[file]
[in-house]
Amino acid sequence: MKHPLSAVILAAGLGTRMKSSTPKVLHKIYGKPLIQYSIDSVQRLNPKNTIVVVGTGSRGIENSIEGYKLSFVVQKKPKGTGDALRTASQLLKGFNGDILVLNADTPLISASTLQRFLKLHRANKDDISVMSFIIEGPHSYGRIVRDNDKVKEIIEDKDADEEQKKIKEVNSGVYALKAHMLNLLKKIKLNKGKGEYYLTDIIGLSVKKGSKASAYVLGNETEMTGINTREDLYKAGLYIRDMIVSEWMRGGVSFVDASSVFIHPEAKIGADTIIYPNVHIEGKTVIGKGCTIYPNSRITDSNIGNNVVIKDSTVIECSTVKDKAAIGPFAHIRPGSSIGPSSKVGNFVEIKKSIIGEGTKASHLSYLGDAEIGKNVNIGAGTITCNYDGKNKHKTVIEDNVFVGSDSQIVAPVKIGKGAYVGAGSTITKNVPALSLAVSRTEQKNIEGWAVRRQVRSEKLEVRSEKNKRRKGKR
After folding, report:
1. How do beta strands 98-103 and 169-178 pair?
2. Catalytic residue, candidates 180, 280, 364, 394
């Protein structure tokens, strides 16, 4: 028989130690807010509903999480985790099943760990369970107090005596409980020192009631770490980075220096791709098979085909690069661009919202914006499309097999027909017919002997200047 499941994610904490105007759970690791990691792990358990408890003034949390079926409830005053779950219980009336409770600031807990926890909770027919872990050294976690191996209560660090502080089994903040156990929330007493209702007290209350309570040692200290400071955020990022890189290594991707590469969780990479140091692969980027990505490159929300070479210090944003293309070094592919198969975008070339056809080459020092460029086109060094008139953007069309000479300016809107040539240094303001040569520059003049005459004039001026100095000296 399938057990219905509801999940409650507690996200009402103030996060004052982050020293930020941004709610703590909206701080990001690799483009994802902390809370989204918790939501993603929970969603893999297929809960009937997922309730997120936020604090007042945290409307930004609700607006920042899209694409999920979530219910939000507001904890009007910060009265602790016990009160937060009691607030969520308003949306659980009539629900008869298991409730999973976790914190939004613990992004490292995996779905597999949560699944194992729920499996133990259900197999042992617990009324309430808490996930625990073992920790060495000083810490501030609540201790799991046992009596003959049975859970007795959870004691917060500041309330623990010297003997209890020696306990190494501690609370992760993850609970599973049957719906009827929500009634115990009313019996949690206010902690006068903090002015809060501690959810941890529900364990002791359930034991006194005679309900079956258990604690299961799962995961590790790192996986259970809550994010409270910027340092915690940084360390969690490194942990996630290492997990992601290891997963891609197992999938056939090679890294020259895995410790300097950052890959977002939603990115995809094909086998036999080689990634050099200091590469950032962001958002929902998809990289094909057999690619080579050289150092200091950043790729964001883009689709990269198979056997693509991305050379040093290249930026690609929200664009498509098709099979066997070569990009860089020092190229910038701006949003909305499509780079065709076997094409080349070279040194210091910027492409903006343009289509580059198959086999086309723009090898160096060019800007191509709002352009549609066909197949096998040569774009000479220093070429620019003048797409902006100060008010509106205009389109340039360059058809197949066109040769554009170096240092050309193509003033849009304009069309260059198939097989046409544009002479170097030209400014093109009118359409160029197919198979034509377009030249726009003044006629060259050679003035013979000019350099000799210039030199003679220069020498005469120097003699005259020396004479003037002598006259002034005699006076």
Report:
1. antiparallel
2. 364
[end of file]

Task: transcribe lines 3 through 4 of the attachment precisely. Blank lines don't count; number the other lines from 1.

After folding, report:
1. How do beta strands 98-103 and 169-178 pair?